Spread the frosting evenly over the cooled cake and decorate with a shit-ton of sprinkles. Enjoy immediately! This cake keeps is best the day it’s baked, but will keep for a couple of days, covered at room temperature. The dehydrated raspberries will soften over time.

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Pistachio Rosewater Cake with Labneh Frosting from Yogurt and a Fall Paris Workshop

Please excuse the phone photography here. I baked this pistachio rosewater cake for fun (imagine that) but so many folks over on instagram were interested in the recipe so I a…

pistachio rosewater cake from Yogurt

Please excuse the phone photography here. I baked this pistachio rosewater cake for fun (imagine that) but so many folks over on instagram were interested in the recipe so I am sharing it - along with a very exciting announcement!

Olaiya and I had such a long waitlist for our Paris workshop this Spring (thank you!) that we added another workshop this September 20-24. The format will be pretty much the same as the Spring version - think lots of pastry, delicious wine and cheese, market visits, prop shopping, and some solid photo, styling, and editing lessons in the city of light. This trip is for anyone looking to build their photography and styling skills (all levels welcome) and enjoy lots of beautiful food in one of the most amazing cities in the world. I am so excited to explore Paris in the fall, I am dreaming of the markets already!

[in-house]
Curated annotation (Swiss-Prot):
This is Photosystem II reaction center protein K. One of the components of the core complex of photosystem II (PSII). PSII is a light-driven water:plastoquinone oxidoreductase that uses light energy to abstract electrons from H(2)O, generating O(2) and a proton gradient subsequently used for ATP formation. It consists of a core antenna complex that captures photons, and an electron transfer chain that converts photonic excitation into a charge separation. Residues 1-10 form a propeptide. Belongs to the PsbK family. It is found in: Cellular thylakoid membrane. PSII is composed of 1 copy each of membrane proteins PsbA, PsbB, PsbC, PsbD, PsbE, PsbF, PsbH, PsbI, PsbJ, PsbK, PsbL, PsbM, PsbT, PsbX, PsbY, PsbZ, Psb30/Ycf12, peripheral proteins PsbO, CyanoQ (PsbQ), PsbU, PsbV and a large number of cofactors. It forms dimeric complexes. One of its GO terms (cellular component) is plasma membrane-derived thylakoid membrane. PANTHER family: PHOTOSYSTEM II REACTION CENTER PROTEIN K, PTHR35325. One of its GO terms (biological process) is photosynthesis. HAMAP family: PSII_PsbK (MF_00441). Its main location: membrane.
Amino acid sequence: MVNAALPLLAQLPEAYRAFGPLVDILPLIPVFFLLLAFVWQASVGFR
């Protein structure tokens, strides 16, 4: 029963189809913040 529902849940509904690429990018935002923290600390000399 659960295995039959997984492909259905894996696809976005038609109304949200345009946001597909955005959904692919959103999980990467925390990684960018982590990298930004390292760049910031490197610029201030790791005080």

Click Here to Reserve Your Spot!

Now for the cake! This comes from Molly's Shortstack all about Yogurt. It is full of sweet and savory recipes using her (and my) favorite dairy product. I grew up eating yogurt as a mostly savory food, but it is awesome in all sorts of sweet preparations too - like cake. Molly uses Labneh, a very thick and tangy type of yogurt as frosting for this pleasantly rustic, but also kinda fancy pistachio cake. If you aren't a fan of rosewater, the cake would be just as good without it too.

Pistachio Rosewater Cake with Labneh Frosting

from Yogurt by Molly Yeh

makes one 9-inch cake

This cake is so simple and tasty, and super beautiful too! I reduced the sugar in the cake and frosting by about 1/3 to suit my personal tastes, and added some strawberries on top because strawberries, pistachio, and rose are a natural paring. Did you know strawberries and roses are in the same botanical family?! The recipe below is as it is printed in the book and when I made it I used 1 cup of sugar in the cake and 2/3 cup sugar in the frosting.